As I mentioned last week, I’m hosting a blog tour to introduce you to some of my favorite mommy bloggers. Jodi is the creator of The Drunch, and has four boys…who were born within two years of each other. Think you’ve got your hands full? Check out what Jodi has to say about surviving motherhood on The Drunch.
The day has been long and difficult. There have been fist fights over toy cars and shouting matches over pop guns. Scuffles over who goes first and whose turn has lasted too long. They’ve insisted on juice, then cried that it wasn’t milk. In short, a day like any other only this one seemed to go on forever.
As I finally crawl beneath the covers and feel the cool sheets begin to warm beneath me, it feels as if I’m sinking by degrees into a gorgeous velvet nothing. Sleep envelopes me like a lover’s arms and I go willingly into that good night with a soft sigh and a smile on my lips.
A cry jackhammers its way into my ears. My sleep fogged brain struggles to clear the mists while my exhausted body fights to hold onto sleep. I send up a fervent prayer that there will be no follow up. It goes unanswered. Another whimper is followed by a muffled sob.
Suddenly, I envision a tangle of sheets, a too plush toy, a pillow pressed too tightly to a tiny face. I throw back my covers knowing I’ll get no sleep until I confirm that all my boys are well. The light on the monitor tells me to angle toward the triplets’ room, and my feet respond automatically.
Despite all my efforts to the contrary, the door hinges scream in protest as I crack open their door and squint to focus in the semi-darkness. A tiny figure sits upright in the center bed, one in a line of three, rubbing his eyes and whimpering pitifully. I tiptoe to his bedside and gingerly examine the covers around him, afraid to discover he’s fallen victim to the same illness his brother’s have suffered in previous days. Finding nothing, I move to examine Will himself.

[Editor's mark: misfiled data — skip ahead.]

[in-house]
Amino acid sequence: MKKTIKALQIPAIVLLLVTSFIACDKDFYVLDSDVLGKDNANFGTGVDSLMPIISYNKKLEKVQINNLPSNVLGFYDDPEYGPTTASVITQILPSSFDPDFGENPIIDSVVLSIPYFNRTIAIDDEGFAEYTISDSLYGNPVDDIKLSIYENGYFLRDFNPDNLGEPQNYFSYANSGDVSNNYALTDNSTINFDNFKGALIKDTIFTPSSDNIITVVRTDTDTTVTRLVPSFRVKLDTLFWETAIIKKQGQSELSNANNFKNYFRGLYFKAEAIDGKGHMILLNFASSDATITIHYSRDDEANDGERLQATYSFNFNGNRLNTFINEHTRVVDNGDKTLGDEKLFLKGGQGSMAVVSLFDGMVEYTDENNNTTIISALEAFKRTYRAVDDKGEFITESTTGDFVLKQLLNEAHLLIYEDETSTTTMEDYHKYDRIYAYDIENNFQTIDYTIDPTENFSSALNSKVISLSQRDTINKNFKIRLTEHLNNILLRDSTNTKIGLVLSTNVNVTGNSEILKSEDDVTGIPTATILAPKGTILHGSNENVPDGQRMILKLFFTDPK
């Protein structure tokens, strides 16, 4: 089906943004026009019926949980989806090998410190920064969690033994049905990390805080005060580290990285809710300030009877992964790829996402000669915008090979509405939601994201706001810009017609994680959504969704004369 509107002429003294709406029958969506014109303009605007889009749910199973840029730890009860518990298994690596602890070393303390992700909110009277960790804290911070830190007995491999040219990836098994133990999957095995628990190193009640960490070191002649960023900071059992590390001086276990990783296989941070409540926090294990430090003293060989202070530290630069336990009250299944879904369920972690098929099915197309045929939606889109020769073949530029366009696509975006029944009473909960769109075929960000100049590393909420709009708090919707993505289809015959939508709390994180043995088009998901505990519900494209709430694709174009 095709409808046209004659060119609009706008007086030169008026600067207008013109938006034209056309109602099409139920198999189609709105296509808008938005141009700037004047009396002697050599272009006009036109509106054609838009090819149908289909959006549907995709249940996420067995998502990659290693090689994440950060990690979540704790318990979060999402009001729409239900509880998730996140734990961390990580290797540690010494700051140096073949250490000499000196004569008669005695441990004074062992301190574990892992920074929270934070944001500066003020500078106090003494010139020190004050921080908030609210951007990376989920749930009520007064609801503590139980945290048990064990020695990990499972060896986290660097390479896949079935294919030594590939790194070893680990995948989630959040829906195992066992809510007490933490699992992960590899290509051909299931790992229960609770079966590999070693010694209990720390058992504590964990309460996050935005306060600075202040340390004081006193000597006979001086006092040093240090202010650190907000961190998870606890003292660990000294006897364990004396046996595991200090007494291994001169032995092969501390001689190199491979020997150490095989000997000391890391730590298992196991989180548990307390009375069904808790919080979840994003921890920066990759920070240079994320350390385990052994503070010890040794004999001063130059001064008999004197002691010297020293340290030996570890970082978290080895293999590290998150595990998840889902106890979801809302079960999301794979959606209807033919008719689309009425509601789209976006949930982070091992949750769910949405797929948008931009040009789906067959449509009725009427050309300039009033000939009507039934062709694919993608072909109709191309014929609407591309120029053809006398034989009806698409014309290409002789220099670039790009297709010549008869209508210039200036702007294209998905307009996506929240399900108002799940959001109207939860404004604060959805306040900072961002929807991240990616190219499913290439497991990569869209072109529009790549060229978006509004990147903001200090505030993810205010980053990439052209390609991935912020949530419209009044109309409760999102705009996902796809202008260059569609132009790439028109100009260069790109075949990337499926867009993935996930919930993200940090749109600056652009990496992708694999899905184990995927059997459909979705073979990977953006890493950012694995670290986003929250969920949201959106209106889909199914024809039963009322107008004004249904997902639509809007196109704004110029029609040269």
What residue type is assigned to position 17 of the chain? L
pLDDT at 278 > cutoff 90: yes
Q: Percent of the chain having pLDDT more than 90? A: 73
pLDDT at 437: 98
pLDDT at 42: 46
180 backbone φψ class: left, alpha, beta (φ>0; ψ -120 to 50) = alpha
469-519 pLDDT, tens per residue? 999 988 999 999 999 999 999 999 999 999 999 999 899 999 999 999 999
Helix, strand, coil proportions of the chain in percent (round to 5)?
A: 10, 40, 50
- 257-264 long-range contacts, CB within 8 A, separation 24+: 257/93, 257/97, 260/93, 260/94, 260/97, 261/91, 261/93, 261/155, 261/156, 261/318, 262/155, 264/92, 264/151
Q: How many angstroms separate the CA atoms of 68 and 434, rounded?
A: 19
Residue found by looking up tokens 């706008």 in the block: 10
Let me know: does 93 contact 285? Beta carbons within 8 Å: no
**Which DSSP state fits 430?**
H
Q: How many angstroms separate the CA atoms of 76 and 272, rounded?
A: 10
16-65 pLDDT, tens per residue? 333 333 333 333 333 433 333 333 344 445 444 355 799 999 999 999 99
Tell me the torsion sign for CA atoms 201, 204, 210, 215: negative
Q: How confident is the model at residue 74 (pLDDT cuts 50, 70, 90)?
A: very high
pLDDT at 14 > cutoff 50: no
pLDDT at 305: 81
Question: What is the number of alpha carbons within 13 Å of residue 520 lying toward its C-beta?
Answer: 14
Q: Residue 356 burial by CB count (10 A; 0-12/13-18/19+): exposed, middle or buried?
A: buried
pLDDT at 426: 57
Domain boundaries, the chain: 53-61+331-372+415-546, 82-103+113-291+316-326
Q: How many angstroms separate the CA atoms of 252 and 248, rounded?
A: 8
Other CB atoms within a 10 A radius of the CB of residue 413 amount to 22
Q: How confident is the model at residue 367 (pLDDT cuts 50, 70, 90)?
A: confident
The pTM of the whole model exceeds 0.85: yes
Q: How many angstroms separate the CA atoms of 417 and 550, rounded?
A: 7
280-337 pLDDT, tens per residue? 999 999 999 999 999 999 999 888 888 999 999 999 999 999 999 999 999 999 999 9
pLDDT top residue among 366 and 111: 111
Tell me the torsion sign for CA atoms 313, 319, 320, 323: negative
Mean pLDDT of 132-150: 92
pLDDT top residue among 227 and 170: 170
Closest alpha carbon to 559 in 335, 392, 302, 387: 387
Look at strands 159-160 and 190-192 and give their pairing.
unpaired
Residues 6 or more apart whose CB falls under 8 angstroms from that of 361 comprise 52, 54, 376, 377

Carefully running my hands over his head, I am once again amazed at the silky softness of his oh-so-straight hair. I skim past the tiny crescents of his ears, down his slender neck to his shoulders. I brush down his arms, touch his bent knees, then his warm feet and toes. I place one hand on his belly while the other makes circles on his back, wondering what it is that makes a sleepy child so endearing. No boo boos can be found.
With nothing else to offer him, I bend to snuggle him close. He smells of shampoo and toothpaste, apple juice and Flintstone’s vitamins. A heady concoction that I’m sure I could market to empty nesters for a small fortune.
“Choo Choo,” he whimpers.
I turn my head in the direction of his and see that his Thomas the Train pillow has fallen between the bed and the nightstand. I retrieve it, and he immediately drops into the patented toddler sleep position — feet and hands tucked under body, rear end straight up in the air.
I spend more time than necessary arranging his covers and lean in for one last kiss and whispered ‘I love you’ before I retrace my steps to my still-warm bed. As I sink back into sleep, I offer up another quick prayer — one of thanksgiving for this moment. Drifting deeper into the void, I force myself to remain lucid a bit longer. Just long enough to make a promise to myself. I vow to treasure each intrusion like wishes from a genie’s lamp, keeping close the knowledge that each one used means one less to follow. I vow to never pass up a chance for a kiss or a hug, and I swear I will hold their hands wherever we go for as long as they will let me. And last but not least, I promise to remember what it took to get here and how very, very fortunate I am to lose sleep over four such wonderful, healthy boys.
Good night, all!